Due to an agriculture burn in Fruita this week, Grand Junction residents may have noticed hazy skies throughout most of Wednesday. Local air monitoring data showed a sharp spike in pollution creating poor air quality for the day.
Tom Orr with Mesa County Public Health said the ag burn in Fruita created most of the smoke.
"Ag burns are not an abnormal occurrence in Mesa County as prescribed or agricultural burns are allowed year-round," he said.
With this type of burning, residents in sensitive groups, including people with heart or lung disease, older adults and young children may want to stay indoors and consider limiting outdoor activity if there is visible smoke in the air, according to Mesa County Public Health.
Though air monitoring data showed good air quality by Thursday morning, according to monitors set up around Grand Junction, several of the site locations showed spikes up to 120-130 AQI on Wednesday.
AQI (Air Quality Index) is an index used to report daily air quality, according to the Environmental Protection Agency.
Zero to 50 AQI, shown as green on the map, represents good air quality conditions, whereas 101 to 150 AQI, shown orange on the map, represents air quality conditions that are unhealthy for sensitive groups.
When AQI values are above 100, air quality is considered to be unhealthy, at first for certain sensitive groups of people, then for everyone as AQI values get higher, according to the EPA.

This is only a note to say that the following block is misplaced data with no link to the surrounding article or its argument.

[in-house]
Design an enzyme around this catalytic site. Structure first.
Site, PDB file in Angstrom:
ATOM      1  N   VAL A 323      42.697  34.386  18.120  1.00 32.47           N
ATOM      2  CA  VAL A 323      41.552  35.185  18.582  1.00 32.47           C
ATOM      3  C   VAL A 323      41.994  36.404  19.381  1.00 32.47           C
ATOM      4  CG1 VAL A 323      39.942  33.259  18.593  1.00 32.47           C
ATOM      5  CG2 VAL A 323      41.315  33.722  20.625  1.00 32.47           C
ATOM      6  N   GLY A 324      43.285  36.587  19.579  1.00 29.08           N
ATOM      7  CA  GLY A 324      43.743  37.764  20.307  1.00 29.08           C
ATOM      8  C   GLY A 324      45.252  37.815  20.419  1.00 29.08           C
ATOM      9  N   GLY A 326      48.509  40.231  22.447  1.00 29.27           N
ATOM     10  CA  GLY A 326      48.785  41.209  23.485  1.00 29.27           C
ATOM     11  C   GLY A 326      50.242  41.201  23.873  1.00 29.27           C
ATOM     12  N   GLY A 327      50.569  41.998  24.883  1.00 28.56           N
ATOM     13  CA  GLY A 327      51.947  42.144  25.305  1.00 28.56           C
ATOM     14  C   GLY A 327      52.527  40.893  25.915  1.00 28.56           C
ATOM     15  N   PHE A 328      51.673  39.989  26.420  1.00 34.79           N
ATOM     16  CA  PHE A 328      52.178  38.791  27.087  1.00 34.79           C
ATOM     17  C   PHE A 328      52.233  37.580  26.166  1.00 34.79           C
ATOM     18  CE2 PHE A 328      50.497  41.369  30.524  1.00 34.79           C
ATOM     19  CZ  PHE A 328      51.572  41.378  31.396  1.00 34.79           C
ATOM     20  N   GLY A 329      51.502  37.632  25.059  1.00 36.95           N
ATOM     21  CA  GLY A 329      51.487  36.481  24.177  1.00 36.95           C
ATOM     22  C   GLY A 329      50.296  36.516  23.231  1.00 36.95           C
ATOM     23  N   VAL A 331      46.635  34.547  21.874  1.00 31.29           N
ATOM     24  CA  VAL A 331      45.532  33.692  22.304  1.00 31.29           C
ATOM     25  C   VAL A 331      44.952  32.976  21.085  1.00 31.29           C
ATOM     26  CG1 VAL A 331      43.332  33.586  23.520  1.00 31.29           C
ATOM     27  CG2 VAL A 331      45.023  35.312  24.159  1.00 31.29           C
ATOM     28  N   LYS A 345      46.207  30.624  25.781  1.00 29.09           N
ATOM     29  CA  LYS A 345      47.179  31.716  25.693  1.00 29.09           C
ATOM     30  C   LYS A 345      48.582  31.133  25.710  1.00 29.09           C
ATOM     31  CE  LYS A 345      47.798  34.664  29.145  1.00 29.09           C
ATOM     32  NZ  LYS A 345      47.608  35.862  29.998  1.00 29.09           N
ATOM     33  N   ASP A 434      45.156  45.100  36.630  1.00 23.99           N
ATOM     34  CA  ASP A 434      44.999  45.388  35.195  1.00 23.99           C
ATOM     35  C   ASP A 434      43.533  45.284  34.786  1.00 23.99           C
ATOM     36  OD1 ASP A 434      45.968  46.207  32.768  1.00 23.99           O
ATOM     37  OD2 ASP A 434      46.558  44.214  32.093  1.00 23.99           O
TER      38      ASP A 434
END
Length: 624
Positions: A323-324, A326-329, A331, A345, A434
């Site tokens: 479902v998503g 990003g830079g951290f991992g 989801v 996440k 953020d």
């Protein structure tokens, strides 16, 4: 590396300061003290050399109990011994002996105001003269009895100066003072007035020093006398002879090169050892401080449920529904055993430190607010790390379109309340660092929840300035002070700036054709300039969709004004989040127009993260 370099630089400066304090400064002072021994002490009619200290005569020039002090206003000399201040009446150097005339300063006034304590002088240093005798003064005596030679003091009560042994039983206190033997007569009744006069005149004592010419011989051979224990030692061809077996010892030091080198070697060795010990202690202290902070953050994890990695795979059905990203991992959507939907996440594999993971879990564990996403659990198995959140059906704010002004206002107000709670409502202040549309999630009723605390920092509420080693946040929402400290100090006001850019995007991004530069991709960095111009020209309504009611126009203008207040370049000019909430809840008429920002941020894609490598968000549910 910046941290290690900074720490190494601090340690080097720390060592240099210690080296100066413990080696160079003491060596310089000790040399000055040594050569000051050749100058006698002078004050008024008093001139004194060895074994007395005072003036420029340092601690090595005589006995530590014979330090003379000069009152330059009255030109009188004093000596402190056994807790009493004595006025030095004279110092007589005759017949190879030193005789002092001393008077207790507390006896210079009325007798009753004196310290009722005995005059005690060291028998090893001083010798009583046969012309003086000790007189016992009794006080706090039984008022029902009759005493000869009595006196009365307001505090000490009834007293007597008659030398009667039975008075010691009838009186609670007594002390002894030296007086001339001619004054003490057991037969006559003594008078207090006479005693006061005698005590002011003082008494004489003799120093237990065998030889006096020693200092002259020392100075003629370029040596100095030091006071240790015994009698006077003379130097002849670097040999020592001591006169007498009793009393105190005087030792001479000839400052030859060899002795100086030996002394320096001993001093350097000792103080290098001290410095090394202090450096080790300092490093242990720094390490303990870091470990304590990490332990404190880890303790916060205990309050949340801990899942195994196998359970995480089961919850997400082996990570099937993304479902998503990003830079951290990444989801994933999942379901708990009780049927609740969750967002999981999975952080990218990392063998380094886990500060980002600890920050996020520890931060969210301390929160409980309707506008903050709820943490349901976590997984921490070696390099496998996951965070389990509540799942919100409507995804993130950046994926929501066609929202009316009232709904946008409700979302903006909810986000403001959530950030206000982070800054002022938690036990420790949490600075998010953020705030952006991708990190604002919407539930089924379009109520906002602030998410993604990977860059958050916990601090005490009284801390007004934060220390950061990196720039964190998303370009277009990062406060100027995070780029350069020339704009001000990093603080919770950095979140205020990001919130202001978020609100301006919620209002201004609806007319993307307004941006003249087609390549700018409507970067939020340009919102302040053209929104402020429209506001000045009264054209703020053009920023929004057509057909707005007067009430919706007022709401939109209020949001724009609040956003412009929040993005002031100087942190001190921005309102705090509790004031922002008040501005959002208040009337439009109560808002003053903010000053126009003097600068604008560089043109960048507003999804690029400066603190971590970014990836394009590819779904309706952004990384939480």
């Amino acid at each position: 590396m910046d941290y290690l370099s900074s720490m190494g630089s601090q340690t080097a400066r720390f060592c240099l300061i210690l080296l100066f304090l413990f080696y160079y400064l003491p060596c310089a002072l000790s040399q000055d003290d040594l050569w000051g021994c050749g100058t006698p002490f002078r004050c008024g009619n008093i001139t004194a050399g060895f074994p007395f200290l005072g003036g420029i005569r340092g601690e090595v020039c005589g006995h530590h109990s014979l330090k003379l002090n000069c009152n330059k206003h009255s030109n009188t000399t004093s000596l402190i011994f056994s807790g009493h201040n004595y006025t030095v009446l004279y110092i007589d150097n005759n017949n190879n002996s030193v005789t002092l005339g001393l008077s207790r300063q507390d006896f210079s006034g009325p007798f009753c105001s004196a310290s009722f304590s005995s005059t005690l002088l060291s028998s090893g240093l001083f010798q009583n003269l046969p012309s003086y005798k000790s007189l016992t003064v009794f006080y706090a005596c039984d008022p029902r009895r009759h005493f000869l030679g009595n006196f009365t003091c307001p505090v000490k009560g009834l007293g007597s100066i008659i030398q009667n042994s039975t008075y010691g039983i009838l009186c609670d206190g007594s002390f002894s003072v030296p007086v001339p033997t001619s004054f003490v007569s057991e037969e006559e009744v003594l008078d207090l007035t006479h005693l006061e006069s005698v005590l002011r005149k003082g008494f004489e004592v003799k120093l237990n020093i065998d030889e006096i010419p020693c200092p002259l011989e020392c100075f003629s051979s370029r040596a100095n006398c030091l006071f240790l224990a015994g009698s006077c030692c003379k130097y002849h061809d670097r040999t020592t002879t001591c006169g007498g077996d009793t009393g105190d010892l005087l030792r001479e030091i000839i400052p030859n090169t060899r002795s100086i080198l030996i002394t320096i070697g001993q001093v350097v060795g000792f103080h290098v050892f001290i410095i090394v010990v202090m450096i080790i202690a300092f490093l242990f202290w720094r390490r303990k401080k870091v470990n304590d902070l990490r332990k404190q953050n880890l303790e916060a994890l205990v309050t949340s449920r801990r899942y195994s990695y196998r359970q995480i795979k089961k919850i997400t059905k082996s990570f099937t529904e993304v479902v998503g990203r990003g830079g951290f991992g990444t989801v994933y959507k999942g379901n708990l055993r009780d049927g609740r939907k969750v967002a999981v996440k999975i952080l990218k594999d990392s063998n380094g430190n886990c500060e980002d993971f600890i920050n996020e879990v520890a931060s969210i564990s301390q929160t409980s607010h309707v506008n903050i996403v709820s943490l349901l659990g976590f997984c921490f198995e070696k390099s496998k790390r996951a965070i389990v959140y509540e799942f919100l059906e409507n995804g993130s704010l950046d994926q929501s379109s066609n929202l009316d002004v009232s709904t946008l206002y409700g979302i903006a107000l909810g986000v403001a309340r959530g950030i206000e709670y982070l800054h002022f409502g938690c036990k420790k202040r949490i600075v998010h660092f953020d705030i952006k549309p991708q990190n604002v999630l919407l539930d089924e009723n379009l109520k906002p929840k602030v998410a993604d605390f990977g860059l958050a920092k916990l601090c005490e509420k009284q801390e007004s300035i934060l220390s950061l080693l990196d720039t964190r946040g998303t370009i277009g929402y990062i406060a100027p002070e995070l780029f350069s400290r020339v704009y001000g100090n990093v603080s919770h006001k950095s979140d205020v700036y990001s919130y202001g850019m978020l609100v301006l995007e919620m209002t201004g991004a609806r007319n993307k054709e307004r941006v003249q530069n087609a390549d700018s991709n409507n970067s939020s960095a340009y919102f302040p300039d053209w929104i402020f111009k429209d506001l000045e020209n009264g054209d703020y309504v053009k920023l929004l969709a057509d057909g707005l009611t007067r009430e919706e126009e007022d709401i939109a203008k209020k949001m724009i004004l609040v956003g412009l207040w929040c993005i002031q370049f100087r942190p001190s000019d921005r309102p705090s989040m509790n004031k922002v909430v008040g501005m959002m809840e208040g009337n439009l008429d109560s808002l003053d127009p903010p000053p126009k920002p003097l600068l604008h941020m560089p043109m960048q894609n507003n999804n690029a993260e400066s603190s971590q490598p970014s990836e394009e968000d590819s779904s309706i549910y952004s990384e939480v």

Several of the local air monitoring sites showed good air quality conditions throughout the week, until a spike to over 100 AQI on Wednesday, but were back to green by Thursday.
Orr explained that Mesa County issues air advisories based on forecasts.
"This is a one-day event that caught us by surprise," he said. "It's something we are monitoring and if it continues we will issue an advisory."
Mesa County Public Health issued an Air Watch Advisory on Thursday afternoon informing folks that the prescribed burn was ongoing in Fruita.
Mesa County issues 1,700 burn permits a year, said Orr.
Citizens for Clean Air Vice President Kristin Winn said yesterday's spike was an eye opener for her as the air quality impact from the nearby ag burn was immediately apparent.
She said, generally, Grand Junction is fortunate because of its topography but variations in wind can have a dramatic impact on the air quality depending on what's being picked up.
"We always suggest that if you have any kind of health issues to check citizensforcleanair.org to see what the air quality is looking like that day," she said.
Citizens for Clean Air is a nonprofit organization that works to research and reduce air pollution and promote better air quality in Mesa County and the Western Slope.